In the last couple of articles we covered the subject of God’s will which for many believers is complex and hard to understand. We hear all that time that God has a plan for our lives and that this plan is His will for us, but what does that mean?
Well, the will of God can be segmented into four categories and by understanding each of them, we get a better understanding of His will and what it means for us personally.
The four categories are:
- God’s ‘decretive’ will, which we’ve already looked at
- God’s ‘preceptive’ will, which we looked in the last article
- God’s ‘permissive’ will, which we’ll look at in this article
- God’s ‘sovereign’ will (which is almost the same as His decretive will but more complex) so we’ll save it for last!
God has revealed His decretive will, which proves His divinity and cannot be changed or altered by the efforts or scheming of men. What God decrees will happen, will happen.
God has also revealed His preceptive will to us through His Word so that we’ll understand what His expectations are of His people with regard to conduct, conversation, behaviour and attitudes both toward Him and others.
God has also revealed His permissive will to us in that He allows human beings to either submit to Him or rebel against Him, which allows human beings to both learn from those choices—be they good or bad—and at the same time making human beings accountable and responsible for those choices.
Learning to deal with the consequences of our choices is an incredibly important part our sanctification—God’s Holy process of changing or conforming us to be more like Him. It’s through the circumstances of our lives and the results of our choices and actions that we develop character, we grow in maturity and walk through the refining process and this goes hand in hand with the preceptive will of God.
It’s really important to point out here that God is sovereign (which we’ll attempt to unpack next time), it’s equally important to understand that while God ‘allows’ or ‘permits’ evil to be done, He absolutely, categorically does NOT sanction it.
If you make a choice and it doesn’t work out, you haven’t stepped out of God’s will, you’re in the process of working through it…
When mankind commits acts of sin or evil, and we say that God ‘permits’ it to happen, what we’re really saying is that God doesn’t directly intervene to prevent evil from happening. That can be really hard to grasp, but there’s a reason for it.
God’s permissive will is to basically allow human beings to make choices, to either act or react according to God’s Word or to reject it and act or react according to their own preferences and then, to live with the consequences of those actions or reactions, and be accountable for them.
What do we know is the will of God that we are accountable for?
We know it’s God’s will for man to be saved.
1 Timothy 2:3-4, ‘This is good and acceptable in the sight of God our Saviour, who desires all men to be saved and come to the knowledge of the truth.’
2 Peter 3:9, ‘The Lord isn’t slow about His promise as some count slowness, but is patient toward you, not wishing for any to perish but for all to come to repentance.’
God desires the salvation of all men, and yet some reject and deny Him, even His existence and because of that denial, they’re without excuse for rejecting Him. We know that the process of salvation is 100% a work of God, but our denial of Him is our responsibility.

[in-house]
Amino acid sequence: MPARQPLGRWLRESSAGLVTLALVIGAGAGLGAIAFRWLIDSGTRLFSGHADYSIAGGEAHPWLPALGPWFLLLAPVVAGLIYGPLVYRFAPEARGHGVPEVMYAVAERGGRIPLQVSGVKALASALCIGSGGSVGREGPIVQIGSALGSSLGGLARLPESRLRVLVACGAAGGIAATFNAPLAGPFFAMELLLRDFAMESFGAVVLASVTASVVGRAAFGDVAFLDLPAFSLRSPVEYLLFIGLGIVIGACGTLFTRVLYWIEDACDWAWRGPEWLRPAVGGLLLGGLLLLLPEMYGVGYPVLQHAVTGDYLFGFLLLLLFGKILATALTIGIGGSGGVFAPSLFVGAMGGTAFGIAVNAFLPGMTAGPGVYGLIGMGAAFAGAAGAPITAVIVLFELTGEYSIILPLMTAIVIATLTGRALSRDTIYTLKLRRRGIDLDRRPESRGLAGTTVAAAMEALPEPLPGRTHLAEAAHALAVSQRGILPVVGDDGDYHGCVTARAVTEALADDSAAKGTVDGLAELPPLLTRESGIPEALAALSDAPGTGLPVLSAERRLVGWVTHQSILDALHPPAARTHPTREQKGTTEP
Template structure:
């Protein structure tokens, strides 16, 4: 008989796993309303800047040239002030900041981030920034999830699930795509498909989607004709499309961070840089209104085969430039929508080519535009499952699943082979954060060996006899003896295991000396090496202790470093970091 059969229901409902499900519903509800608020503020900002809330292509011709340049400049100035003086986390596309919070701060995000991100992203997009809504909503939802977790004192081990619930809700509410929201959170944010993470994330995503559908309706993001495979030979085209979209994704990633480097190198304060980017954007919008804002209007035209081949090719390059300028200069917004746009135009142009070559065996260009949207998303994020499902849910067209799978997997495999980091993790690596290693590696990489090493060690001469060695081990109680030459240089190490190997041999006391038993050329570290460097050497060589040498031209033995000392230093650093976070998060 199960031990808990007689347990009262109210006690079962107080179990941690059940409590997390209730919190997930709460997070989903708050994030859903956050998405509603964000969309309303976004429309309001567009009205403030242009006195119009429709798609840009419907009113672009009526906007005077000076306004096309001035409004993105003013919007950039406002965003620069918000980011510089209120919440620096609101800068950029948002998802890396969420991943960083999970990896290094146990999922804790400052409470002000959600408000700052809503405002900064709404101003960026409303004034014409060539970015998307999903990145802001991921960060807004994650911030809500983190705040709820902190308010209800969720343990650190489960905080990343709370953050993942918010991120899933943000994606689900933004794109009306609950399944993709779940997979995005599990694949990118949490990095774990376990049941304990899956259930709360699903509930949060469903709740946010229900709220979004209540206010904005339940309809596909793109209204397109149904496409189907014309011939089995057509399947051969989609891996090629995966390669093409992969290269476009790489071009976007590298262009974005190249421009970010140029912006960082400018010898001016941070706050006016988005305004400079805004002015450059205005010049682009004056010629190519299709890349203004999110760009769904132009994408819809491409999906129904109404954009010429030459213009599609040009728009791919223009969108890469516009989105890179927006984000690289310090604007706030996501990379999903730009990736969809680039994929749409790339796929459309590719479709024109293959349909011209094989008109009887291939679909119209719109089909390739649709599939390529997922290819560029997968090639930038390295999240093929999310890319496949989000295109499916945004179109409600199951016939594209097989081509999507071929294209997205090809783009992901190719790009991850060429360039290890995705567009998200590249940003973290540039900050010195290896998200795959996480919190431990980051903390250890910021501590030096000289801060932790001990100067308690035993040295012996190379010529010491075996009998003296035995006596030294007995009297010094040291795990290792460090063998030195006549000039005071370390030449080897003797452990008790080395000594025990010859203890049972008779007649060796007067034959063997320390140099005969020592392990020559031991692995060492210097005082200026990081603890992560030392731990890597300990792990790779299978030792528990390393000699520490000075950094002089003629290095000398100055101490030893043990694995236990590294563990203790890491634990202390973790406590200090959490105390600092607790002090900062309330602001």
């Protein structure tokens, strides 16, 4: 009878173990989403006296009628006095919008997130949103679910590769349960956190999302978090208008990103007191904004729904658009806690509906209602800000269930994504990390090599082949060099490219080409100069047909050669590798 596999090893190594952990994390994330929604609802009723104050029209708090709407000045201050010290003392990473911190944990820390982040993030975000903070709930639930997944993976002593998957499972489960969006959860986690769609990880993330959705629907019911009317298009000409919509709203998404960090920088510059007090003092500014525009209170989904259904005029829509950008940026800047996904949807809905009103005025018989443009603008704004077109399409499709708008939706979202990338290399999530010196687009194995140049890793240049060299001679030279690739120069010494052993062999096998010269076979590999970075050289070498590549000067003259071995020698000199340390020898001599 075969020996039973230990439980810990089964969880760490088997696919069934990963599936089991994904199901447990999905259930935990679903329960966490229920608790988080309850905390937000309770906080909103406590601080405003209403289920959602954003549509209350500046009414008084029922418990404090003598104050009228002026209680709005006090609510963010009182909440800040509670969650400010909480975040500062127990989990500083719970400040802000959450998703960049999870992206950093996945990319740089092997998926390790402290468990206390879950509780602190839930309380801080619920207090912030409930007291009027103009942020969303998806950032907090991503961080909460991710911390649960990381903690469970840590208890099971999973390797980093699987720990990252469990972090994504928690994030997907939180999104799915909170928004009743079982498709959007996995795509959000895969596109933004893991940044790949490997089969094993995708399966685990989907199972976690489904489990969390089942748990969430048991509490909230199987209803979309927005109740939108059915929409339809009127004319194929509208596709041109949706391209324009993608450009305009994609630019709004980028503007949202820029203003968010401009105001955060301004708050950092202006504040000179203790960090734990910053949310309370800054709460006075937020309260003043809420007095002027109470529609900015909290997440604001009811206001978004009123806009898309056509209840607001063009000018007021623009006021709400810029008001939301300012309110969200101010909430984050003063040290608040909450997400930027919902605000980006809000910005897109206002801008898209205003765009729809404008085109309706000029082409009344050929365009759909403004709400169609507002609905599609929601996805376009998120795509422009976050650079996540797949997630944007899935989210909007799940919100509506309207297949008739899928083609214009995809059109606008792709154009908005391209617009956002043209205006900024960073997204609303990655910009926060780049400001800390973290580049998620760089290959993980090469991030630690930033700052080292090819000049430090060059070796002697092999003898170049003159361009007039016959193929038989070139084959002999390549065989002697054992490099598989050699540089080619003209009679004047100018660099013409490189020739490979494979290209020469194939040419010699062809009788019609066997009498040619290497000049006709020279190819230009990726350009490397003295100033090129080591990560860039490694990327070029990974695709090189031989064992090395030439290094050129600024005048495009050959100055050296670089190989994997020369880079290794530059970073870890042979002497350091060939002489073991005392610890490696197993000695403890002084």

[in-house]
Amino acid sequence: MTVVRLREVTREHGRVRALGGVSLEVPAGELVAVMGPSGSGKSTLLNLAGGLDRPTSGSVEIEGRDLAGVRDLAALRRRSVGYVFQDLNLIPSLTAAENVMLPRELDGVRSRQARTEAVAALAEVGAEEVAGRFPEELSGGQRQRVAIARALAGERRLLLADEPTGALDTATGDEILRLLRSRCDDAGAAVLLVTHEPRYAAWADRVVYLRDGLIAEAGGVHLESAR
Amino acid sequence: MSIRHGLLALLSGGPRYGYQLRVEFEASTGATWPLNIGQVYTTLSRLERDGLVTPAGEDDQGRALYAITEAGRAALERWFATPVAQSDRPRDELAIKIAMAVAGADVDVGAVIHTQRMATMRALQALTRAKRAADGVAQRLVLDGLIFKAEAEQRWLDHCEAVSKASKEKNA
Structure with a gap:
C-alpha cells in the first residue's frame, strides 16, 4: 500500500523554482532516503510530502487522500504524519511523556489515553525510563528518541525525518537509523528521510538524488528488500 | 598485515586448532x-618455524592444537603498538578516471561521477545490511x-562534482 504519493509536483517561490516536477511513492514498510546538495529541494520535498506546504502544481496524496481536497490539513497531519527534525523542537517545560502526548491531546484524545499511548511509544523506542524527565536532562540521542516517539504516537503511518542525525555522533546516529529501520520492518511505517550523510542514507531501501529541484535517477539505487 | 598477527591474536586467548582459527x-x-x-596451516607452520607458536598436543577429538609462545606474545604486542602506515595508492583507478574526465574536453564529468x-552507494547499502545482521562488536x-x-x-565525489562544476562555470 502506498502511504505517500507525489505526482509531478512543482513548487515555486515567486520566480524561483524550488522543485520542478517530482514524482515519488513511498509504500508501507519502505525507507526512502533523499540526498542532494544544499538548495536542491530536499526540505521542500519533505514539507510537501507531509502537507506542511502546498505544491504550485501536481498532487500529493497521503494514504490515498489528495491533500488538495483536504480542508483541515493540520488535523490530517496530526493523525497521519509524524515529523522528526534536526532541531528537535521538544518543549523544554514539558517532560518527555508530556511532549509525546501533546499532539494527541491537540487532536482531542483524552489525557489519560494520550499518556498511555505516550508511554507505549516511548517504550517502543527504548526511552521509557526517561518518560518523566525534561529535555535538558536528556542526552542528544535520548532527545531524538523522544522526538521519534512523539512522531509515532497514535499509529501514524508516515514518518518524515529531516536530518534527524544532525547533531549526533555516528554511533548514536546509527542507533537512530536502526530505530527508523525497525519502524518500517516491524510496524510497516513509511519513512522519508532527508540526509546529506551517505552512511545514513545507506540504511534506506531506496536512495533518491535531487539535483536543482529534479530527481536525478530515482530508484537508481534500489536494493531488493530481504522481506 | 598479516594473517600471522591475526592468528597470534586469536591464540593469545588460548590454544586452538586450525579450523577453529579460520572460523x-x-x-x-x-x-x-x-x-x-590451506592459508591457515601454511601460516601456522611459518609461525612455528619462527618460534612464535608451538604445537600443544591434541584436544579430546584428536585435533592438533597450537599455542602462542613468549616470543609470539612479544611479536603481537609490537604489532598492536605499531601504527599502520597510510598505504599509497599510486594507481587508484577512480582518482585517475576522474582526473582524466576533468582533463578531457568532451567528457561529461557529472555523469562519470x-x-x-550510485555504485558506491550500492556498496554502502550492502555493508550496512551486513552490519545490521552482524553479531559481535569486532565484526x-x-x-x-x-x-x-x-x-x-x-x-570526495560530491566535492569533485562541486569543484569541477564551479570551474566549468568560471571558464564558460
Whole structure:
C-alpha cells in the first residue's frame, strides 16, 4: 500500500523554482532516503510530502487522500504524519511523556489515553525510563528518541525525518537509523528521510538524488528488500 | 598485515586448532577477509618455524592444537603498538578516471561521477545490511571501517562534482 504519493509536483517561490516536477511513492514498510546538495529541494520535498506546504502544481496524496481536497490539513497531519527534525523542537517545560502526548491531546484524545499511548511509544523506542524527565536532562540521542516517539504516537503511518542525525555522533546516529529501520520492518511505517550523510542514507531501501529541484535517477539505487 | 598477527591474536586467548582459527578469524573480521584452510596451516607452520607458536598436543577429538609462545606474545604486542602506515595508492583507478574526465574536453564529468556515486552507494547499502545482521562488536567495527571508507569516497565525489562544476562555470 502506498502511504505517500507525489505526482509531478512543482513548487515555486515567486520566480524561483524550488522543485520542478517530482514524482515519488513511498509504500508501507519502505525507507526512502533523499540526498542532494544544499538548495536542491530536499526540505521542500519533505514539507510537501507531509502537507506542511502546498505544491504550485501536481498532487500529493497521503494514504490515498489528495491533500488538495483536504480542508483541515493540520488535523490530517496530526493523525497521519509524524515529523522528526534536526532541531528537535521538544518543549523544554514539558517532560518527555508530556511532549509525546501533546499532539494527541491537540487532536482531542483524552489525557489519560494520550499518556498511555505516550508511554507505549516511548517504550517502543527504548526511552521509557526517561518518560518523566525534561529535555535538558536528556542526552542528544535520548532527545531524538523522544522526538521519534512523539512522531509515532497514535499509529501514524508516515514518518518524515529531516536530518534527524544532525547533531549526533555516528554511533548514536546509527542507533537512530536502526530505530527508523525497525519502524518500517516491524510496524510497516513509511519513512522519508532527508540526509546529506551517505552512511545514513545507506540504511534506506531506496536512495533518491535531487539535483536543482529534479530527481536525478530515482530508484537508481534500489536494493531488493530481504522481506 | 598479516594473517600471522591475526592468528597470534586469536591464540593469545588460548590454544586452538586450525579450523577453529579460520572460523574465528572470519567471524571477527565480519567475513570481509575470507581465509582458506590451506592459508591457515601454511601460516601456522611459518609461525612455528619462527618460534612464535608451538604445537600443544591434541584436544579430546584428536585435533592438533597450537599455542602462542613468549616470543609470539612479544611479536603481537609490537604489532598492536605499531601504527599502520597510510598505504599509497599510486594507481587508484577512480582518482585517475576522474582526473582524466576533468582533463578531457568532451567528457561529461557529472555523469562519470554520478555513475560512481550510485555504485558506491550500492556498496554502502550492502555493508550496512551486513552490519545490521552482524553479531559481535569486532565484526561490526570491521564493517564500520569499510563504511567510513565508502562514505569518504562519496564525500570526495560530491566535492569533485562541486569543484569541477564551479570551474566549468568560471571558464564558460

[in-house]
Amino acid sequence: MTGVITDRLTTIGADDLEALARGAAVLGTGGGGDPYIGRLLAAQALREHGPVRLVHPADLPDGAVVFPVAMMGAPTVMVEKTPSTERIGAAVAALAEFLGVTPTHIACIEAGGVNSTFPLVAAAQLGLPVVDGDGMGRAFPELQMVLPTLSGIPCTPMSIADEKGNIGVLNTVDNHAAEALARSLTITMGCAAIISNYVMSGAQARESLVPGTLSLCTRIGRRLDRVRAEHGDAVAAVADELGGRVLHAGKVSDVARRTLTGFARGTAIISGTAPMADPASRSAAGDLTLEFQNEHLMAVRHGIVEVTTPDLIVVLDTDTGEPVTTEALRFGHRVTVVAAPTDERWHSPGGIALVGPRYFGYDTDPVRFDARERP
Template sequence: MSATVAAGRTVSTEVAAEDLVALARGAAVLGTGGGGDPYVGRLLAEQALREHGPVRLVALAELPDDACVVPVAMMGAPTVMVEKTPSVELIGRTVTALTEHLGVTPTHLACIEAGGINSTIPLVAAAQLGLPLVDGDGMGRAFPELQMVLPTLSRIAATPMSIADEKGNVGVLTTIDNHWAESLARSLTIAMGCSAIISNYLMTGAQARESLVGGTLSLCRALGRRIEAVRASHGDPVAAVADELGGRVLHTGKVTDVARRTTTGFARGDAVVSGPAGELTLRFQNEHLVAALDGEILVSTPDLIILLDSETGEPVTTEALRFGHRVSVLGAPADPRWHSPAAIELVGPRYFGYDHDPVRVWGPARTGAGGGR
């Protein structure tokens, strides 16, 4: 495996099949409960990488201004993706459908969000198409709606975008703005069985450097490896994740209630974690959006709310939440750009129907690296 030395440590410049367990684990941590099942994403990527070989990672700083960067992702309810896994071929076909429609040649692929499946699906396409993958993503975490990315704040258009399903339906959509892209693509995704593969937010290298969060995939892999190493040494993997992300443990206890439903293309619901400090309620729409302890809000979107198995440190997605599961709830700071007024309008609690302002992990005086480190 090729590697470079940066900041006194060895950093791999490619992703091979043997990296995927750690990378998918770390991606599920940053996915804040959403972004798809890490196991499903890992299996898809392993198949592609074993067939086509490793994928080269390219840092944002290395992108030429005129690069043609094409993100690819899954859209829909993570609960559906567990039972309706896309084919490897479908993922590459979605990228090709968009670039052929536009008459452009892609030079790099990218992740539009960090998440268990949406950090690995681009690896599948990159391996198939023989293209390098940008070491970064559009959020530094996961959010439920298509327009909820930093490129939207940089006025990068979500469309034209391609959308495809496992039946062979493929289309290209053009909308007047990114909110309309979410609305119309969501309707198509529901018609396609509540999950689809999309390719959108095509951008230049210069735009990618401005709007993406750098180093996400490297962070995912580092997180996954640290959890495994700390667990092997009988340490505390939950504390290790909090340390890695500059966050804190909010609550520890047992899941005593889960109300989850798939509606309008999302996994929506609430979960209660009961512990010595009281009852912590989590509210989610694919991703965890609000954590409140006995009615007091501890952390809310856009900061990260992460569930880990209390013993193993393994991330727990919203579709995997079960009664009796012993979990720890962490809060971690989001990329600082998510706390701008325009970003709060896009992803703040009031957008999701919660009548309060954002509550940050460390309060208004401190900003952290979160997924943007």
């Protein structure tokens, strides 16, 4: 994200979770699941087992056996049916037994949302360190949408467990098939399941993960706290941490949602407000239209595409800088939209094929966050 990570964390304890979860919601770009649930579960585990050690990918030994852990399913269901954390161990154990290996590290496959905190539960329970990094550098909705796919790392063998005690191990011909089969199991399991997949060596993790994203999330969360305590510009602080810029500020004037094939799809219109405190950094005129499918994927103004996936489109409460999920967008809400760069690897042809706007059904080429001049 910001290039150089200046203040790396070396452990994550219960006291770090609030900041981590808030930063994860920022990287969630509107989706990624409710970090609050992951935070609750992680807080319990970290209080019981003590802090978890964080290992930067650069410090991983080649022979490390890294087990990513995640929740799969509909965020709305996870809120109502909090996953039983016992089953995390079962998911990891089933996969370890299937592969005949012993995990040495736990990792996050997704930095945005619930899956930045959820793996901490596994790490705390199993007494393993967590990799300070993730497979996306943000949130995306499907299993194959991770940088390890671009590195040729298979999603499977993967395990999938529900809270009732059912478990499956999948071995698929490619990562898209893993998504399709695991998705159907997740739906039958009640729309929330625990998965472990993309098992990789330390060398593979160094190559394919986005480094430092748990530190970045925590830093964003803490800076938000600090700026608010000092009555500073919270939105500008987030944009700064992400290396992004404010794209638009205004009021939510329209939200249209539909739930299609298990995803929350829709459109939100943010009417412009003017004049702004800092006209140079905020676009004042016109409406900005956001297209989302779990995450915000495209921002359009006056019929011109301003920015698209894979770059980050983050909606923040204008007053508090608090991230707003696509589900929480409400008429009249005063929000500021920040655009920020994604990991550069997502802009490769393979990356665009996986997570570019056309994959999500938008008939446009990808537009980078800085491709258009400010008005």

Romans 1:20, ‘For since the creation of the world His invisible attributes, His eternal power and divine nature, have been clearly seen, being understood through what has been made, so that they’re without excuse.’
This shows us—and if you look out your window to the natural world around you—you can see clearly that God is real through His creation.
If you reject God, God will permit you to reject Him, but you alone will be responsible for that rejection.
It’s God’s will that we be sanctified, (1 Thess 4:3-7); it’s God’s will for us to be submissive, (1 Pet 2:13-15); it’s God’s will that we endure suffering for His sake, (Phil 1:29-30, 2 Tim 3:12).
But what about God’s permissive will in our day to day lives.
Let’s say we have a decision to make, important or otherwise, how do we know God’s will for those decisions.
The best process for making those decisions is firstly through prayer, then searching God’s Word for examples and precedents and seeking wise council from others who are godly examples of righteous living and successful choices they’ve made themselves. When believers make their daily decisions to work in a particular job, buy a particular car, marry a particular person, those choices are God’s permissive will for their life, as are the consequences of those choices and He’ll use them to purify and refine you, regardless of whether the consequences are favourable or unfavourable. If you make a choice and it doesn’t work out, you haven’t stepped out of God’s will, you’re in the process of working through it and becoming more like Him as the circumstances refine you. The end result will be to stretch you, mature, sanctify and transform you through perseverance.
That’s God’s permissive will for you.
In Romans 5:3-5, Paul is explaining the fruit that comes from persevering through tribulation, and while we’re not specifically talking about tribulation, rather our own personal choices, the process of refinement is the same.
‘We also exult in our tribulations, knowing that tribulation brings about perseverance; and perseverance, proven character; and proven character, hope; and hope doesn’t disappoint, because the love of God has been poured out within our hearts through the Holy Spirit who was given to us.’
So when God permits or allows us to make decisions, He’s allowing and permitting us to also live with the consequences of them and He uses them to refine us—and this is His will for us.